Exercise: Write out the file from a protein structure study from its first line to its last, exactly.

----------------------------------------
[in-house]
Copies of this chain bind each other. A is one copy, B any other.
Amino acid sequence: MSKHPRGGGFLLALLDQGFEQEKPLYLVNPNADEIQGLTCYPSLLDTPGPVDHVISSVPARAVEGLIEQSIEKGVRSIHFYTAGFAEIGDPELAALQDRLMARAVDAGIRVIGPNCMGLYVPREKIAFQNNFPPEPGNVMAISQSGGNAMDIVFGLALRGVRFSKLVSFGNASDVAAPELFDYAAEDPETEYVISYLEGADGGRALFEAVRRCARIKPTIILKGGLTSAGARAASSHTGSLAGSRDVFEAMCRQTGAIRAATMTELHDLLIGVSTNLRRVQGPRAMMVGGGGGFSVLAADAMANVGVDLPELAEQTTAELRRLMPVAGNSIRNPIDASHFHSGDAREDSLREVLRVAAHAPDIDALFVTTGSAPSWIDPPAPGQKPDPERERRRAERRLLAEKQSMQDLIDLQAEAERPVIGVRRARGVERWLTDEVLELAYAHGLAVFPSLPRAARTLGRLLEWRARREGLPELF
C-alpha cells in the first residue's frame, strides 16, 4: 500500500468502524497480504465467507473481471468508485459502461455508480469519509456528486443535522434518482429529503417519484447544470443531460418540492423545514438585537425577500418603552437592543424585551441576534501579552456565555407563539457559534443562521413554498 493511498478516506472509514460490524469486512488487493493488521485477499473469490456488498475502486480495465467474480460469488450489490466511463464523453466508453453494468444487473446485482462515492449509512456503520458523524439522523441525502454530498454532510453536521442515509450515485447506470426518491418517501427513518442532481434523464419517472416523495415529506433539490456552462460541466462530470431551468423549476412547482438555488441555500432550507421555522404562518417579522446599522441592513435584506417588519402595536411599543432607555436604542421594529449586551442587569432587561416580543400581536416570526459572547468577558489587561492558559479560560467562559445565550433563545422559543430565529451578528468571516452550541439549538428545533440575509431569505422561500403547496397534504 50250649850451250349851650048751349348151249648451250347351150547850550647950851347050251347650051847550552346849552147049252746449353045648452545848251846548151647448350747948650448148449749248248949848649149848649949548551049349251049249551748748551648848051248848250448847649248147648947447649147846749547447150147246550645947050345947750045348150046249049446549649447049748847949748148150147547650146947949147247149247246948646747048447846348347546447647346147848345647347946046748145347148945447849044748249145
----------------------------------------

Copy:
[in-house]
Copies of this chain bind each other. A is one copy, B any other.
Amino acid sequence: MSKHPRGGGFLLALLDQGFEQEKPLYLVNPNADEIQGLTCYPSLLDTPGPVDHVISSVPARAVEGLIEQSIEKGVRSIHFYTAGFAEIGDPELAALQDRLMARAVDAGIRVIGPNCMGLYVPREKIAFQNNFPPEPGNVMAISQSGGNAMDIVFGLALRGVRFSKLVSFGNASDVAAPELFDYAAEDPETEYVISYLEGADGGRALFEAVRRCARIKPTIILKGGLTSAGARAASSHTGSLAGSRDVFEAMCRQTGAIRAATMTELHDLLIGVSTNLRRVQGPRAMMVGGGGGFSVLAADAMANVGVDLPELAEQTTAELRRLMPVAGNSIRNPIDASHFHSGDAREDSLREVLRVAAHAPDIDALFVTTGSAPSWIDPPAPGQKPDPERERRRAERRLLAEKQSMQDLIDLQAEAERPVIGVRRARGVERWLTDEVLELAYAHGLAVFPSLPRAARTLGRLLEWRARREGLPELF
C-alpha cells in the first residue's frame, strides 16, 4: 500500500468502524497480504465467507473481471468508485459502461455508480469519509456528486443535522434518482429529503417519484447544470443531460418540492423545514438585537425577500418603552437592543424585551441576534501579552456565555407563539457559534443562521413554498 493511498478516506472509514460490524469486512488487493493488521485477499473469490456488498475502486480495465467474480460469488450489490466511463464523453466508453453494468444487473446485482462515492449509512456503520458523524439522523441525502454530498454532510453536521442515509450515485447506470426518491418517501427513518442532481434523464419517472416523495415529506433539490456552462460541466462530470431551468423549476412547482438555488441555500432550507421555522404562518417579522446599522441592513435584506417588519402595536411599543432607555436604542421594529449586551442587569432587561416580543400581536416570526459572547468577558489587561492558559479560560467562559445565550433563545422559543430565529451578528468571516452550541439549538428545533440575509431569505422561500403547496397534504 50250649850451250349851650048751349348151249648451250347351150547850550647950851347050251347650051847550552346849552147049252746449353045648452545848251846548151647448350747948650448148449749248248949848649149848649949548551049349251049249551748748551648848051248848250448847649248147648947447649147846749547447150147246550645947050345947750045348150046249049446549649447049748847949748148150147547650146947949147247149247246948646747048447846348347546447647346147848345647347946046748145347148945447849044748249145